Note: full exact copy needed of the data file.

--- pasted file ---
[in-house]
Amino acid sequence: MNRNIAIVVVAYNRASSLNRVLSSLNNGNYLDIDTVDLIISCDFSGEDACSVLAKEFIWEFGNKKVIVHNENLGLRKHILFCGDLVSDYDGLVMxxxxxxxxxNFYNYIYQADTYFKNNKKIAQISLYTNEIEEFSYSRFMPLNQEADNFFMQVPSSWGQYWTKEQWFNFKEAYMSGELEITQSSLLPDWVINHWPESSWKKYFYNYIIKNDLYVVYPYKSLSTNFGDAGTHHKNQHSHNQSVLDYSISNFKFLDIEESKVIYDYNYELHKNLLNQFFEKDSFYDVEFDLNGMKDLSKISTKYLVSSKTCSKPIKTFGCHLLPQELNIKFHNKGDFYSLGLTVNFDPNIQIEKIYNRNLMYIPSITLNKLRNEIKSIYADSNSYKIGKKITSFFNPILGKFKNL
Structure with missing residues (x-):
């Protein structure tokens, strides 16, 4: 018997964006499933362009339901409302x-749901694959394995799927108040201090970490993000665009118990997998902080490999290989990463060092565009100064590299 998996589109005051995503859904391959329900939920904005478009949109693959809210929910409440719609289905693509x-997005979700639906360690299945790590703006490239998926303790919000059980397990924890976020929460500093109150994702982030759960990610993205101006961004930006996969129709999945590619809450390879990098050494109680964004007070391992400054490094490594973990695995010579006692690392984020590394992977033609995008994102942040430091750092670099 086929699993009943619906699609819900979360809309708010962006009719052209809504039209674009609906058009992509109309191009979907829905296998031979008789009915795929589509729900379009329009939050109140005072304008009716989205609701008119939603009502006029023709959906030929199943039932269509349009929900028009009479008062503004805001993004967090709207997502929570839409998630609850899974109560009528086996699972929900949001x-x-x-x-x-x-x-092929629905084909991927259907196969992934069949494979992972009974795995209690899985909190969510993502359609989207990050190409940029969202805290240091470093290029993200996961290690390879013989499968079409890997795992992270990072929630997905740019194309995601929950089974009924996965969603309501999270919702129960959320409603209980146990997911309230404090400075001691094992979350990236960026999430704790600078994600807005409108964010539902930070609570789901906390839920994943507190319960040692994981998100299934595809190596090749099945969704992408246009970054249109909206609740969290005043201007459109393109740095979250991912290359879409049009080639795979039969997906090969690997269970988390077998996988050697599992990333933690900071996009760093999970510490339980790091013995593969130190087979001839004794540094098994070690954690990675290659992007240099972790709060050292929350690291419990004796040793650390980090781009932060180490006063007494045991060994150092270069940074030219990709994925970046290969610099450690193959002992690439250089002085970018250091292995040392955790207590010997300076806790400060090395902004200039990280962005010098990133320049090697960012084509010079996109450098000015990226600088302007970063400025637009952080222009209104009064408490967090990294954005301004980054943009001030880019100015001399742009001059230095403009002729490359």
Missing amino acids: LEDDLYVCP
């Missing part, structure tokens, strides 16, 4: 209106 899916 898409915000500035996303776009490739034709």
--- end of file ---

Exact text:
[in-house]
Amino acid sequence: MNRNIAIVVVAYNRASSLNRVLSSLNNGNYLDIDTVDLIISCDFSGEDACSVLAKEFIWEFGNKKVIVHNENLGLRKHILFCGDLVSDYDGLVMxxxxxxxxxNFYNYIYQADTYFKNNKKIAQISLYTNEIEEFSYSRFMPLNQEADNFFMQVPSSWGQYWTKEQWFNFKEAYMSGELEITQSSLLPDWVINHWPESSWKKYFYNYIIKNDLYVVYPYKSLSTNFGDAGTHHKNQHSHNQSVLDYSISNFKFLDIEESKVIYDYNYELHKNLLNQFFEKDSFYDVEFDLNGMKDLSKISTKYLVSSKTCSKPIKTFGCHLLPQELNIKFHNKGDFYSLGLTVNFDPNIQIEKIYNRNLMYIPSITLNKLRNEIKSIYADSNSYKIGKKITSFFNPILGKFKNL
Structure with missing residues (x-):
């Protein structure tokens, strides 16, 4: 018997964006499933362009339901409302x-749901694959394995799927108040201090970490993000665009118990997998902080490999290989990463060092565009100064590299 998996589109005051995503859904391959329900939920904005478009949109693959809210929910409440719609289905693509x-997005979700639906360690299945790590703006490239998926303790919000059980397990924890976020929460500093109150994702982030759960990610993205101006961004930006996969129709999945590619809450390879990098050494109680964004007070391992400054490094490594973990695995010579006692690392984020590394992977033609995008994102942040430091750092670099 086929699993009943619906699609819900979360809309708010962006009719052209809504039209674009609906058009992509109309191009979907829905296998031979008789009915795929589509729900379009329009939050109140005072304008009716989205609701008119939603009502006029023709959906030929199943039932269509349009929900028009009479008062503004805001993004967090709207997502929570839409998630609850899974109560009528086996699972929900949001x-x-x-x-x-x-x-092929629905084909991927259907196969992934069949494979992972009974795995209690899985909190969510993502359609989207990050190409940029969202805290240091470093290029993200996961290690390879013989499968079409890997795992992270990072929630997905740019194309995601929950089974009924996965969603309501999270919702129960959320409603209980146990997911309230404090400075001691094992979350990236960026999430704790600078994600807005409108964010539902930070609570789901906390839920994943507190319960040692994981998100299934595809190596090749099945969704992408246009970054249109909206609740969290005043201007459109393109740095979250991912290359879409049009080639795979039969997906090969690997269970988390077998996988050697599992990333933690900071996009760093999970510490339980790091013995593969130190087979001839004794540094098994070690954690990675290659992007240099972790709060050292929350690291419990004796040793650390980090781009932060180490006063007494045991060994150092270069940074030219990709994925970046290969610099450690193959002992690439250089002085970018250091292995040392955790207590010997300076806790400060090395902004200039990280962005010098990133320049090697960012084509010079996109450098000015990226600088302007970063400025637009952080222009209104009064408490967090990294954005301004980054943009001030880019100015001399742009001059230095403009002729490359």
Missing amino acids: LEDDLYVCP
């Missing part, structure tokens, strides 16, 4: 209106 899916 898409915000500035996303776009490739034709």